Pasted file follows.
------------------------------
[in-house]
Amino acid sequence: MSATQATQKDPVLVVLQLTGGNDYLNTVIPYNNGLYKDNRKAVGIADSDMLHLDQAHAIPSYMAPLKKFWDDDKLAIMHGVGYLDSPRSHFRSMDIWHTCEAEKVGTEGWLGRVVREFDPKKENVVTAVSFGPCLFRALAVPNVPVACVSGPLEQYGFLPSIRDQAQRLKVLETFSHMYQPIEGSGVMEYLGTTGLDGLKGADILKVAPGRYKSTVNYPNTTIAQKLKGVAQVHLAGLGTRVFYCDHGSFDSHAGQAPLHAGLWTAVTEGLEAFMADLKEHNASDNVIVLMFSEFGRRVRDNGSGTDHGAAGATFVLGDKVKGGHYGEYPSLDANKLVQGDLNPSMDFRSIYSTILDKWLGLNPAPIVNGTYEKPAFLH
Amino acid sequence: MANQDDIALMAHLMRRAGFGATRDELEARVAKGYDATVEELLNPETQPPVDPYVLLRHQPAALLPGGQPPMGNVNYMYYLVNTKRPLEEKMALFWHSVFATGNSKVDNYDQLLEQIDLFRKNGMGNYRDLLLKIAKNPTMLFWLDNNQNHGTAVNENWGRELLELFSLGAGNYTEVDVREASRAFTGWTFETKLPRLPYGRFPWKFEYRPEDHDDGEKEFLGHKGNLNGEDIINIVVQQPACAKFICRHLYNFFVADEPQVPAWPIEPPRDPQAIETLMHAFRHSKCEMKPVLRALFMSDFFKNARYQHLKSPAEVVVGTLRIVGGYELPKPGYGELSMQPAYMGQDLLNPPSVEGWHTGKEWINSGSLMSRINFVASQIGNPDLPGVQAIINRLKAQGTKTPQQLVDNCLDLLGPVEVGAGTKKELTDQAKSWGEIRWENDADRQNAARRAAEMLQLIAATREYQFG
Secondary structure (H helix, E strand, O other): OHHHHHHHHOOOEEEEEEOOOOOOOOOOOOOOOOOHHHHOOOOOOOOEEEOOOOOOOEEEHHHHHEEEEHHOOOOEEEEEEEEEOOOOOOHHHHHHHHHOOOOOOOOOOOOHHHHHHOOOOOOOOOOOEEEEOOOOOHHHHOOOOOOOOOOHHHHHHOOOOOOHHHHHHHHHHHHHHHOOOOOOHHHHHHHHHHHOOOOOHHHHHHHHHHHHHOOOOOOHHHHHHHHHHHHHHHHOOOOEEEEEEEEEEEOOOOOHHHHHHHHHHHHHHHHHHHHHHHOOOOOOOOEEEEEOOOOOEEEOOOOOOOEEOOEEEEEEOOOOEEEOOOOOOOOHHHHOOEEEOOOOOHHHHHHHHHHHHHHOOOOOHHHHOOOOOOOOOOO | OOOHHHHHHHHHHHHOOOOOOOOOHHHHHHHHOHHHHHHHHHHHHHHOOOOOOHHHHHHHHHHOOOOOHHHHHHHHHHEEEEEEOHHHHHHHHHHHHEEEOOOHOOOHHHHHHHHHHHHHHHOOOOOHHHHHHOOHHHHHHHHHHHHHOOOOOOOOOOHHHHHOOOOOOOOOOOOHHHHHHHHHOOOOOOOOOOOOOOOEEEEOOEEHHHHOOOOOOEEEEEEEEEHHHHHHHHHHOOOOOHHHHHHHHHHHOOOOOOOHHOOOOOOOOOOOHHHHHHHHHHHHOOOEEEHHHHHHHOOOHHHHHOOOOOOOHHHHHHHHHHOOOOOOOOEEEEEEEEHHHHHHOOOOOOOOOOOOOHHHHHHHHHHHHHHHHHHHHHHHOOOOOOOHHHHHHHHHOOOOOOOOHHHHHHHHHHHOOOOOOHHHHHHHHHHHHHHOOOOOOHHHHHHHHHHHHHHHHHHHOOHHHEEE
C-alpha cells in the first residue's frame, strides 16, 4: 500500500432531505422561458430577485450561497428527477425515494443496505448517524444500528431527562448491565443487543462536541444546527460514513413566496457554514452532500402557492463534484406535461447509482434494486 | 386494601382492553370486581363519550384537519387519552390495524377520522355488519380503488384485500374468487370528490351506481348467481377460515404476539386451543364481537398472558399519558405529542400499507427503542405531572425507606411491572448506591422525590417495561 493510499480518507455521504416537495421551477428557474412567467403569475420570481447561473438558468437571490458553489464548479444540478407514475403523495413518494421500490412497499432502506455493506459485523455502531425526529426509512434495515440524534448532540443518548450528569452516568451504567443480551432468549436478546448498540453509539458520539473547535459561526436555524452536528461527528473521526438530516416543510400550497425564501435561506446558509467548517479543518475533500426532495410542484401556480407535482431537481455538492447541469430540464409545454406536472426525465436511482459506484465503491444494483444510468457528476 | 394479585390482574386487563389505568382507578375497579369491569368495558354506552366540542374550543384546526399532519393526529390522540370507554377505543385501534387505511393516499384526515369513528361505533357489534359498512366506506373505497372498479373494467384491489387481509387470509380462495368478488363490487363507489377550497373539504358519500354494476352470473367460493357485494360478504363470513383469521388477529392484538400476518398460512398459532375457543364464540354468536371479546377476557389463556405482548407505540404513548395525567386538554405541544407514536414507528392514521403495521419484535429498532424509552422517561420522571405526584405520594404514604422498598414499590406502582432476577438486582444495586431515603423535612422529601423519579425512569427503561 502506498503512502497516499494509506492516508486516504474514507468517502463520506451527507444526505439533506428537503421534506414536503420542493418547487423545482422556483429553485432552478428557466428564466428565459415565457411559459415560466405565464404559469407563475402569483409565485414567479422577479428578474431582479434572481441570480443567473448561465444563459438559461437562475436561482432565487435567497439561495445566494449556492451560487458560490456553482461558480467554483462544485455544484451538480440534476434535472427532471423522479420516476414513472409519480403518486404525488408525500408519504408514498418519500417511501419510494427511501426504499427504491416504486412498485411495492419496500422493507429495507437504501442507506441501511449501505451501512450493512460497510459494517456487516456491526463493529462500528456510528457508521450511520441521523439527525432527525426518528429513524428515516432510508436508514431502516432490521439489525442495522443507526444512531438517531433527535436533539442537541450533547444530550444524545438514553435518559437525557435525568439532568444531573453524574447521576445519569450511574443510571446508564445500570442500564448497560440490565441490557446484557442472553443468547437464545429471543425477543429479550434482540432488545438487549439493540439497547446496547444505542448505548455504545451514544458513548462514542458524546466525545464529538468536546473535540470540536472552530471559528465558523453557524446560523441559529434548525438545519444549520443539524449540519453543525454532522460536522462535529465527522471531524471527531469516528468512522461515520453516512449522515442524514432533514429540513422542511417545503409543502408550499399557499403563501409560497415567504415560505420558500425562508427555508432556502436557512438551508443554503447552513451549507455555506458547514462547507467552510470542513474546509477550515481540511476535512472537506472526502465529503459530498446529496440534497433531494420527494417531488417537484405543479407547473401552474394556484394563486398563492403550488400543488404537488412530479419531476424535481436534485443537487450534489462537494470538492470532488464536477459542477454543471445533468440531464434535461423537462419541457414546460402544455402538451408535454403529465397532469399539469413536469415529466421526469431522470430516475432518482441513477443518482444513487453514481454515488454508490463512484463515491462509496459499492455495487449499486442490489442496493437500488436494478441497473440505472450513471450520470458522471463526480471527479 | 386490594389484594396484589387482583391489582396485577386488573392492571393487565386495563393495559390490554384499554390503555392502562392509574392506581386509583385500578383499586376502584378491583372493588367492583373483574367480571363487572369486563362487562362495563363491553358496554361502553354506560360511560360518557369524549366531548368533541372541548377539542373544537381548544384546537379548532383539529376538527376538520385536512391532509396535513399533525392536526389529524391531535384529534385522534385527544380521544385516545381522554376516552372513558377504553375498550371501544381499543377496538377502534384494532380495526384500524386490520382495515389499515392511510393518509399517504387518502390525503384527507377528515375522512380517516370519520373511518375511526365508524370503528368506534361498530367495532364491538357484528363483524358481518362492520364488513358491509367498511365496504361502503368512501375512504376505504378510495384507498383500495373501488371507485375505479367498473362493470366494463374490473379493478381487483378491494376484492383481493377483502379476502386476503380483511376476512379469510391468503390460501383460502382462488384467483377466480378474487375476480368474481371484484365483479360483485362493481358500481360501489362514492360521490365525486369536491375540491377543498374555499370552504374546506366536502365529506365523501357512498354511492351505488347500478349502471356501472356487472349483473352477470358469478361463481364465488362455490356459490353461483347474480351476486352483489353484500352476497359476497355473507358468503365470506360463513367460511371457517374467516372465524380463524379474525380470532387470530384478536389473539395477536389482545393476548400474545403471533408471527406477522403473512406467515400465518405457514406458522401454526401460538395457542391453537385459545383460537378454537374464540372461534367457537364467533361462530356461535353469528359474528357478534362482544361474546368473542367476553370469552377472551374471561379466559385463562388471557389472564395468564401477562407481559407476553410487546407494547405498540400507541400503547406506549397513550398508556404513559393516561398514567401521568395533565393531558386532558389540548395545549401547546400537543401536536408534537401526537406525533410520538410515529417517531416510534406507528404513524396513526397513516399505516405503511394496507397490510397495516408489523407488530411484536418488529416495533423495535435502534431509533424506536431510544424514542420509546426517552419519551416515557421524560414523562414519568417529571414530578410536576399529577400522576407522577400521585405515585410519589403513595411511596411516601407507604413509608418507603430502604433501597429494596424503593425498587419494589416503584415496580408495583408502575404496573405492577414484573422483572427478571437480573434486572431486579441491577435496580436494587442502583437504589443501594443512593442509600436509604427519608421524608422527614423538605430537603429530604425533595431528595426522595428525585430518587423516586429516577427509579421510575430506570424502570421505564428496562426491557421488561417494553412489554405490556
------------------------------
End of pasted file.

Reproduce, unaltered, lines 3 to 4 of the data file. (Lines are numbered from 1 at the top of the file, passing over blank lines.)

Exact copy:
Amino acid sequence: MANQDDIALMAHLMRRAGFGATRDELEARVAKGYDATVEELLNPETQPPVDPYVLLRHQPAALLPGGQPPMGNVNYMYYLVNTKRPLEEKMALFWHSVFATGNSKVDNYDQLLEQIDLFRKNGMGNYRDLLLKIAKNPTMLFWLDNNQNHGTAVNENWGRELLELFSLGAGNYTEVDVREASRAFTGWTFETKLPRLPYGRFPWKFEYRPEDHDDGEKEFLGHKGNLNGEDIINIVVQQPACAKFICRHLYNFFVADEPQVPAWPIEPPRDPQAIETLMHAFRHSKCEMKPVLRALFMSDFFKNARYQHLKSPAEVVVGTLRIVGGYELPKPGYGELSMQPAYMGQDLLNPPSVEGWHTGKEWINSGSLMSRINFVASQIGNPDLPGVQAIINRLKAQGTKTPQQLVDNCLDLLGPVEVGAGTKKELTDQAKSWGEIRWENDADRQNAARRAAEMLQLIAATREYQFG
Secondary structure (H helix, E strand, O other): OHHHHHHHHOOOEEEEEEOOOOOOOOOOOOOOOOOHHHHOOOOOOOOEEEOOOOOOOEEEHHHHHEEEEHHOOOOEEEEEEEEEOOOOOOHHHHHHHHHOOOOOOOOOOOOHHHHHHOOOOOOOOOOOEEEEOOOOOHHHHOOOOOOOOOOHHHHHHOOOOOOHHHHHHHHHHHHHHHOOOOOOHHHHHHHHHHHOOOOOHHHHHHHHHHHHHOOOOOOHHHHHHHHHHHHHHHHOOOOEEEEEEEEEEEOOOOOHHHHHHHHHHHHHHHHHHHHHHHOOOOOOOOEEEEEOOOOOEEEOOOOOOOEEOOEEEEEEOOOOEEEOOOOOOOOHHHHOOEEEOOOOOHHHHHHHHHHHHHHOOOOOHHHHOOOOOOOOOOO | OOOHHHHHHHHHHHHOOOOOOOOOHHHHHHHHOHHHHHHHHHHHHHHOOOOOOHHHHHHHHHHOOOOOHHHHHHHHHHEEEEEEOHHHHHHHHHHHHEEEOOOHOOOHHHHHHHHHHHHHHHOOOOOHHHHHHOOHHHHHHHHHHHHHOOOOOOOOOOHHHHHOOOOOOOOOOOOHHHHHHHHHOOOOOOOOOOOOOOOEEEEOOEEHHHHOOOOOOEEEEEEEEEHHHHHHHHHHOOOOOHHHHHHHHHHHOOOOOOOHHOOOOOOOOOOOHHHHHHHHHHHHOOOEEEHHHHHHHOOOHHHHHOOOOOOOHHHHHHHHHHOOOOOOOOEEEEEEEEHHHHHHOOOOOOOOOOOOOHHHHHHHHHHHHHHHHHHHHHHHOOOOOOOHHHHHHHHHOOOOOOOOHHHHHHHHHHHOOOOOOHHHHHHHHHHHHHHOOOOOOHHHHHHHHHHHHHHHHHHHOOHHHEEE